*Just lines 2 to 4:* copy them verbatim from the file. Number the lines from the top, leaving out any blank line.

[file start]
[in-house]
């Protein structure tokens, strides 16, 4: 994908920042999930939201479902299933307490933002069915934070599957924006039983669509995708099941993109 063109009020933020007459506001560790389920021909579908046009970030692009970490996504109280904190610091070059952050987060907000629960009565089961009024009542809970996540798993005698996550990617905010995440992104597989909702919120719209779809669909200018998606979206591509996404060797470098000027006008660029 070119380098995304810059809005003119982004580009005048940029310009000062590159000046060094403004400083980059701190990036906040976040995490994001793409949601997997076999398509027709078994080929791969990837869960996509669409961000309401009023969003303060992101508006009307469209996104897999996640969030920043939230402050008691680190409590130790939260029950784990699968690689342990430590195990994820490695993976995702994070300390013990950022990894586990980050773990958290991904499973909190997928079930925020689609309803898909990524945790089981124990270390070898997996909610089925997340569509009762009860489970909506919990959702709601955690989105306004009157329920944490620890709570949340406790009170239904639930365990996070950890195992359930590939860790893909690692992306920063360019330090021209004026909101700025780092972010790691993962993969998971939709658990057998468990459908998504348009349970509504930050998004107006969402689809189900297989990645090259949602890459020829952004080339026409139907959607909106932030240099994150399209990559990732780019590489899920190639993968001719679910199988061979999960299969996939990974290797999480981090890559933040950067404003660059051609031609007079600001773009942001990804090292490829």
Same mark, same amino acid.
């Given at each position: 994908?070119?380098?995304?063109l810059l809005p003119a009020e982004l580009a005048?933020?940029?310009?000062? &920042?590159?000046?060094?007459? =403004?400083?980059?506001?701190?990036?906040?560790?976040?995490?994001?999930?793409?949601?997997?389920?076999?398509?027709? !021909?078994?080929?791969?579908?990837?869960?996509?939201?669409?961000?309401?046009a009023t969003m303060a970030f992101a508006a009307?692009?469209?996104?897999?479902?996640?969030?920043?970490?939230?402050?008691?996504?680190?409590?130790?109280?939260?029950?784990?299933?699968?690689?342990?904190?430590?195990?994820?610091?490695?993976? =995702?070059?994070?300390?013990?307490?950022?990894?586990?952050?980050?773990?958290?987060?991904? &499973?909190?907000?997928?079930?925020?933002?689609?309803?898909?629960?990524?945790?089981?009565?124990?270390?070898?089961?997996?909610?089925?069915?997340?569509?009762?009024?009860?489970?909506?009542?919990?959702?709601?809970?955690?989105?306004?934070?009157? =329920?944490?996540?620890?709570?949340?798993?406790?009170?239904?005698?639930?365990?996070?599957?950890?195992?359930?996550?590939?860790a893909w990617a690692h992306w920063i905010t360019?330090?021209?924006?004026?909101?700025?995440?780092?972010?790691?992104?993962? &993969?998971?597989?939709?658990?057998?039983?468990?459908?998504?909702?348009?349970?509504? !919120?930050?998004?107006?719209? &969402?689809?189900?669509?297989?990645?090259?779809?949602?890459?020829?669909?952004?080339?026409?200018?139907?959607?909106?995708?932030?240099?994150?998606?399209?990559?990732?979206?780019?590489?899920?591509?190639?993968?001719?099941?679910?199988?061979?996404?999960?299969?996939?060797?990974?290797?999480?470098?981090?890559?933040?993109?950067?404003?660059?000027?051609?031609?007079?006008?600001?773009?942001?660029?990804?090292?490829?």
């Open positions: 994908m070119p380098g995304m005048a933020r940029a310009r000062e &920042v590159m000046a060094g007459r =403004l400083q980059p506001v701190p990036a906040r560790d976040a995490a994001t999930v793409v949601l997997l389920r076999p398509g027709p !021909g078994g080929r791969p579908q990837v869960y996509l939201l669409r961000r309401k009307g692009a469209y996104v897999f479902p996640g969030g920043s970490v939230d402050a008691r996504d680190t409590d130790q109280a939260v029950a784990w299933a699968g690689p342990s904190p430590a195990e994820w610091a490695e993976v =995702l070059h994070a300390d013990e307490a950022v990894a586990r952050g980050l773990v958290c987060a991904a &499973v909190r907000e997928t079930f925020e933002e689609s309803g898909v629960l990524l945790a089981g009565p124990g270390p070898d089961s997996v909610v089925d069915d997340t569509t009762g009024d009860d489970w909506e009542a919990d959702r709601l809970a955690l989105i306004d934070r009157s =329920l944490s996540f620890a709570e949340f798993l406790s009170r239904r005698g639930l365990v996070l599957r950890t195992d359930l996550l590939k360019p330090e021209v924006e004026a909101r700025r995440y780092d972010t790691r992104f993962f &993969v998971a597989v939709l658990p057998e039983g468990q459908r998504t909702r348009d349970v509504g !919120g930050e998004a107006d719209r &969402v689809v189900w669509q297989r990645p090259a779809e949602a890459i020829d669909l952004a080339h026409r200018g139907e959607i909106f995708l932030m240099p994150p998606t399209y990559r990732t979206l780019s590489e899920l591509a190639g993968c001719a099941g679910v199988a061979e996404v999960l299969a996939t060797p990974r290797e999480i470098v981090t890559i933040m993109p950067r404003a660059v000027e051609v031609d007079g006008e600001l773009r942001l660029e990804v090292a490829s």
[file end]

């Protein structure tokens, strides 16, 4: 994908920042999930939201479902299933307490933002069915934070599957924006039983669509995708099941993109 063109009020933020007459506001560790389920021909579908046009970030692009970490996504109280904190610091070059952050987060907000629960009565089961009024009542809970996540798993005698996550990617905010995440992104597989909702919120719209779809669909200018998606979206591509996404060797470098000027006008660029 070119380098995304810059809005003119982004580009005048940029310009000062590159000046060094403004400083980059701190990036906040976040995490994001793409949601997997076999398509027709078994080929791969990837869960996509669409961000309401009023969003303060992101508006009307469209996104897999996640969030920043939230402050008691680190409590130790939260029950784990699968690689342990430590195990994820490695993976995702994070300390013990950022990894586990980050773990958290991904499973909190997928079930925020689609309803898909990524945790089981124990270390070898997996909610089925997340569509009762009860489970909506919990959702709601955690989105306004009157329920944490620890709570949340406790009170239904639930365990996070950890195992359930590939860790893909690692992306920063360019330090021209004026909101700025780092972010790691993962993969998971939709658990057998468990459908998504348009349970509504930050998004107006969402689809189900297989990645090259949602890459020829952004080339026409139907959607909106932030240099994150399209990559990732780019590489899920190639993968001719679910199988061979999960299969996939990974290797999480981090890559933040950067404003660059051609031609007079600001773009942001990804090292490829």
Same mark, same amino acid.
């Given at each position: 994908?070119?380098?995304?063109l810059l809005p003119a009020e982004l580009a005048?933020?940029?310009?000062? &920042?590159?000046?060094?007459? =403004?400083?980059?506001?701190?990036?906040?560790?976040?995490?994001?999930?793409?949601?997997?389920?076999?398509?027709? !021909?078994?080929?791969?579908?990837?869960?996509?939201?669409?961000?309401?046009a009023t969003m303060a970030f992101a508006a009307?692009?469209?996104?897999?479902?996640?969030?920043?970490?939230?402050?008691?996504?680190?409590?130790?109280?939260?029950?784990?299933?699968?690689?342990?904190?430590?195990?994820?610091?490695?993976? =995702?070059?994070?300390?013990?307490?950022?990894?586990?952050?980050?773990?958290?987060?991904? &499973?909190?907000?997928?079930?925020?933002?689609?309803?898909?629960?990524?945790?089981?009565?124990?270390?070898?089961?997996?909610?089925?069915?997340?569509?009762?009024?009860?489970?909506?009542?919990?959702?709601?809970?955690?989105?306004?934070?009157? =329920?944490?996540?620890?709570?949340?798993?406790?009170?239904?005698?639930?365990?996070?599957?950890?195992?359930?996550?590939?860790a893909w990617a690692h992306w920063i905010t360019?330090?021209?924006?004026?909101?700025?995440?780092?972010?790691?992104?993962? &993969?998971?597989?939709?658990?057998?039983?468990?459908?998504?909702?348009?349970?509504? !919120?930050?998004?107006?719209? &969402?689809?189900?669509?297989?990645?090259?779809?949602?890459?020829?669909?952004?080339?026409?200018?139907?959607?909106?995708?932030?240099?994150?998606?399209?990559?990732?979206?780019?590489?899920?591509?190639?993968?001719?099941?679910?199988?061979?996404?999960?299969?996939?060797?990974?290797?999480?470098?981090?890559?933040?993109?950067?404003?660059?000027?051609?031609?007079?006008?600001?773009?942001?660029?990804?090292?490829?």